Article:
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MODELLING GLACIER AND RUNOFF CHANGES IN THE ALPS & HIMALAYA

Douglas, James (2018) MODELLING GLACIER AND RUNOFF CHANGES IN THE ALPS & HIMALAYA. PhD thesis, University of Sheffield.

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James Douglas - Modelling Glacier and Runoff Changes in the Alps & Himalaya.pdf
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Abstract

Glacier melt within alpine catchments provides a vital component of runoff that constitutes an important water resource for downstream populations. With future climate changes, it is expected that glacier volume change will be considerable in the coming decades, with associated implications for runoff. Estimation of future changes in glacier volume and catchment runoff is therefore essential for understanding future water resource implications in alpine environments. This thesis focuses on glacier volume and runoff changes predicted using the statistical model GERM (Glacier Evolution and Runoff Model; Huss et al., 2008a) and has three novel aims. Firstly, to provide more robust assessments of the modelling uncertainty associated with predicted glacier and runoff changes from alpine catchments than previous studies, by challenging the model to reproduce historic changes in glacier volume and evolution over 120 year periods, and comparing predicted and measured runoff. Secondly, to use this assessment of uncertainty to contextualise and understand the precision of future (to 2100 AD) runoff projections for alpine catchments under a wide range of possible climate changes scenarios. Thirdly, to develop the model so that it can be applied to a debris-covered, downwasting glacier in the Himalaya. Two further novel aspects of this thesis are the development of a more systematic and robust calibration procedure for GERM, and the application of climate data downscaling techniques that are more sophisticated than have hitherto been applied in glacio-hydrological studies. To achieve aim 1, GERM was used to forward model glacier volume and runoff for the Griesgletscher and Rhonegletscher catchments in the European Alps from 1884-2004. As a statistical model that requires catchment-specific calibration, GERM was first calibrated to each catchment using contemporary glacier volume and catchment runoff measurements (as is standard when using the model for future projections). Digital elevation models were then used to obtain the initial glacier geometry required to begin each model run, and each completed model run was subsequently used to estimate the accumulated uncertainty associated with the predicted glacier volume/runoff changes by comparing modelled with observed glacier volume/runoff change at the end of the simulation. To achieve aim 2, future model runs (2010-2100) were conducted for the same two catchments and the glacier volume/runoff uncertainty calculated from model performance in the past (aim 1) applied to future projections. Future simulations were driven by a wide-range of climate inputs to allow quantification of the uncertainty associated with climate scenarios/models. The combination of these two sources of uncertainty (GERM and climate) provides future II projections with greater awareness and better quantification of uncertainties than previous studies. Finally, to achieve aim 3, GERM was applied to the debris-covered Khumbu Glacier by adjusting the mass redistribution process of GERM (Δh-parameterisation) to reflect the downwasting behaviour of the debris-covered glacier tongue, based on observed thinning rates at Khumbu Glacier. Additionally, to account for the insulating effect of debris on ice, the modelled melt rate was reduced in proportion to debris thickness on a spatially distributed basis (i.e. debris thickness was not uniform) using observations of reduced melt at glaciers close to Khumbu. Improvements to the calibration procedure used when applying GERM were made and applied throughout this thesis by developing an automated calibration which systematically adjusts the parameters, calculates a combined goodness-of-fit statistic that allows comparison to observations of both glacier volume and runoff, and selects the optimal parameter set. Improved downscaling methods were also used and applied to all future volume and runoff change projections made during this thesis. Specifically, state-of-the-art General Circulation Model simulations were dynamically-statistically downscaled using Regional Climate Model simulations and quantile mapping, and were used to drive future model runs at all three sites. Finally, the novel adjustments made to the mass redistribution process and the inclusion of reduced melt beneath debris indicate that GERM can now be applied to debris-covered glaciers. A recommendation for future research is that GERM is further tested on additional debris- covered glaciers and applied to additional catchments in the larger Everest region. The results of the uncertainty analyses (aim 1) show that glacio-hydrological model uncertainty amounts to annual runoff errors of ±0.04 106m3yr-1 (±0.15 % yr-1), and glacier volume errors of ±0.16 % yr-1, over time periods of 120 years at Griesgletscher. At Rhonegletscher, the uncertainty assessment resulted in annual runoff errors of ±0.16 106m3yr-1 (±0.2 % yr-1) and glacier volume errors of ±0.13 % yr-1, over time periods of 120 years. Nonetheless, the key finding is that the main sources of future uncertainty relate to emissions scenarios and GCM-RCM (General Circulation Model - Regional Climate Model), combinations which lead to variations in predicted future runoff in 2100 of ±36 % at Griesgletscher and ±20 % at Rhonegletscher. The results of the future simulations (aims 2 and 3) indicate that all three glaciers that form the focus of this thesis will lose considerable volume. Specifically, by 2100, Griesgletscher is likely to have become an ice-free catchment (87-100 % ice loss); Rhonegletscher will have lost 70-90 % of ice; and Khumbu Glacier will have lost 61-92 % of ice. The results further show that mass losses will cause an initial increase in annual river discharge followed by a decline in discharge levels, such that annual discharge by 2100 will be considerably lower than present, with peak discharge at Griesgletscher occurring in 2020, at Rhonegletscher in 2075, and at Khumbu Glacier in 2045.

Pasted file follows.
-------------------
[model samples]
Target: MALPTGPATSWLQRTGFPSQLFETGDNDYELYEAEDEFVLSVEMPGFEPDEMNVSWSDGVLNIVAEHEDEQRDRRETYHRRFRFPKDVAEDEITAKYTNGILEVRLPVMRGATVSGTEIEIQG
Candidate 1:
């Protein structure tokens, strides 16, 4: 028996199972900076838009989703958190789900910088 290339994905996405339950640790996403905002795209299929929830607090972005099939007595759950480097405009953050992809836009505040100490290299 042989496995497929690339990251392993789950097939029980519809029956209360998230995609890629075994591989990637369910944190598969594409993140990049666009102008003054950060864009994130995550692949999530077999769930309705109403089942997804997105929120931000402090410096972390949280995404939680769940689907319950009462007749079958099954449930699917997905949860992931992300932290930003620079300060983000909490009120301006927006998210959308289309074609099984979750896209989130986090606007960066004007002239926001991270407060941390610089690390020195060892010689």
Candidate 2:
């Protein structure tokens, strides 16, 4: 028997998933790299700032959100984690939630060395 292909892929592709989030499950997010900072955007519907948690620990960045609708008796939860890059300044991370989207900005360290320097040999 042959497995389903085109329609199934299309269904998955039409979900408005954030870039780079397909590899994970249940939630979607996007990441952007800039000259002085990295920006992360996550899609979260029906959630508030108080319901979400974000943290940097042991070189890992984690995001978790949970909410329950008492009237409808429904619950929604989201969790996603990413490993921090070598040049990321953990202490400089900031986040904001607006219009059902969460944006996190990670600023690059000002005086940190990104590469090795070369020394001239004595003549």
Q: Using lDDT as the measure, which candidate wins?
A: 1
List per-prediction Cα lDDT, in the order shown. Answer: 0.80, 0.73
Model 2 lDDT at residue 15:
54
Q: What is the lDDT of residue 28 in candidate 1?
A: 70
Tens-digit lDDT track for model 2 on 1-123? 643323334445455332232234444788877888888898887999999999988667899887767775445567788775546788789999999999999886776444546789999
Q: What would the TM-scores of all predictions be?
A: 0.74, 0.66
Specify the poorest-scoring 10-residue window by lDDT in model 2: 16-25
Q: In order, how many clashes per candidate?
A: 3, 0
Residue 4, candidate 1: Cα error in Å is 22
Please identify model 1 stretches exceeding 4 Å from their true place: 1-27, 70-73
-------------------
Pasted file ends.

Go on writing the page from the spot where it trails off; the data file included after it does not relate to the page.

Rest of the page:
Item Type: Thesis (PhD)
Keywords: glacier, model, runoff, mass balance, alps, himalaya, khumbu, griesgletscher, rhonegletscher
Academic Units: The University of Sheffield > Faculty of Social Sciences (Sheffield) > Geography (Sheffield)
Depositing User: Dr James Douglas
Date Deposited: 28 Sep 2018 09:02
Last Modified: 28 Sep 2018 09:02
URI: http://etheses.whiterose.ac.uk/id/eprint/21627